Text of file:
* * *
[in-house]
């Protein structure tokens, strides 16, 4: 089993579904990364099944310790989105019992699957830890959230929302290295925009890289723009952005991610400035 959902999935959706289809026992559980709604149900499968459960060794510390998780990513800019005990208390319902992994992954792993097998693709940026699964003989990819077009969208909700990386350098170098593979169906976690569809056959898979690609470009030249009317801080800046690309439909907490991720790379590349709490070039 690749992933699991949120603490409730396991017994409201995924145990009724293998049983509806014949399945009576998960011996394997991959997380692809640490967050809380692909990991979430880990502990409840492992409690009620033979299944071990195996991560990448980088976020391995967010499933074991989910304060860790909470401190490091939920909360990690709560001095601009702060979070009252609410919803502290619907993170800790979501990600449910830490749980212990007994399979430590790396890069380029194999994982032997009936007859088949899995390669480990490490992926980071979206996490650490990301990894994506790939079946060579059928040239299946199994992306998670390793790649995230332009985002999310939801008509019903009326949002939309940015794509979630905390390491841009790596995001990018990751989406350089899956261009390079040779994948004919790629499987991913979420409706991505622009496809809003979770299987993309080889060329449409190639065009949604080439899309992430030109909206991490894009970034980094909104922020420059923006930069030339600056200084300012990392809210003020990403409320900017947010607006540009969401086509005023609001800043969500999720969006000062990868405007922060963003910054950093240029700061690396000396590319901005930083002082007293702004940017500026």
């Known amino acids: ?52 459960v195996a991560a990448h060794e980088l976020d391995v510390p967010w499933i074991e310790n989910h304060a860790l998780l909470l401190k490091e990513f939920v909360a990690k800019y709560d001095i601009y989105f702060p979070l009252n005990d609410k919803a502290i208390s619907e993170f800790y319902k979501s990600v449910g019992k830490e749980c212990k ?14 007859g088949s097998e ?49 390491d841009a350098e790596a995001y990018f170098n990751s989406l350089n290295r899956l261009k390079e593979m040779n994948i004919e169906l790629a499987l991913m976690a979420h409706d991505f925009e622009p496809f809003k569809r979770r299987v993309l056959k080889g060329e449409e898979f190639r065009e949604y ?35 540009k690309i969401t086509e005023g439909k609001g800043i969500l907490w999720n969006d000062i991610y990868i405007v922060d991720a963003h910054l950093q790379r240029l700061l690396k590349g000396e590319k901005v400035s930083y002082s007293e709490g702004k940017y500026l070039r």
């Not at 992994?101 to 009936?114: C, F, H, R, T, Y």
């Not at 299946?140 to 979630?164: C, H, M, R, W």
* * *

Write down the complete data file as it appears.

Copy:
[in-house]
């Protein structure tokens, strides 16, 4: 089993579904990364099944310790989105019992699957830890959230929302290295925009890289723009952005991610400035 959902999935959706289809026992559980709604149900499968459960060794510390998780990513800019005990208390319902992994992954792993097998693709940026699964003989990819077009969208909700990386350098170098593979169906976690569809056959898979690609470009030249009317801080800046690309439909907490991720790379590349709490070039 690749992933699991949120603490409730396991017994409201995924145990009724293998049983509806014949399945009576998960011996394997991959997380692809640490967050809380692909990991979430880990502990409840492992409690009620033979299944071990195996991560990448980088976020391995967010499933074991989910304060860790909470401190490091939920909360990690709560001095601009702060979070009252609410919803502290619907993170800790979501990600449910830490749980212990007994399979430590790396890069380029194999994982032997009936007859088949899995390669480990490490992926980071979206996490650490990301990894994506790939079946060579059928040239299946199994992306998670390793790649995230332009985002999310939801008509019903009326949002939309940015794509979630905390390491841009790596995001990018990751989406350089899956261009390079040779994948004919790629499987991913979420409706991505622009496809809003979770299987993309080889060329449409190639065009949604080439899309992430030109909206991490894009970034980094909104922020420059923006930069030339600056200084300012990392809210003020990403409320900017947010607006540009969401086509005023609001800043969500999720969006000062990868405007922060963003910054950093240029700061690396000396590319901005930083002082007293702004940017500026």
């Known amino acids: ?52 459960v195996a991560a990448h060794e980088l976020d391995v510390p967010w499933i074991e310790n989910h304060a860790l998780l909470l401190k490091e990513f939920v909360a990690k800019y709560d001095i601009y989105f702060p979070l009252n005990d609410k919803a502290i208390s619907e993170f800790y319902k979501s990600v449910g019992k830490e749980c212990k ?14 007859g088949s097998e ?49 390491d841009a350098e790596a995001y990018f170098n990751s989406l350089n290295r899956l261009k390079e593979m040779n994948i004919e169906l790629a499987l991913m976690a979420h409706d991505f925009e622009p496809f809003k569809r979770r299987v993309l056959k080889g060329e449409e898979f190639r065009e949604y ?35 540009k690309i969401t086509e005023g439909k609001g800043i969500l907490w999720n969006d000062i991610y990868i405007v922060d991720a963003h910054l950093q790379r240029l700061l690396k590349g000396e590319k901005v400035s930083y002082s007293e709490g702004k940017y500026l070039r």
């Not at 992994?101 to 009936?114: C, F, H, R, T, Y």
């Not at 299946?140 to 979630?164: C, H, M, R, W």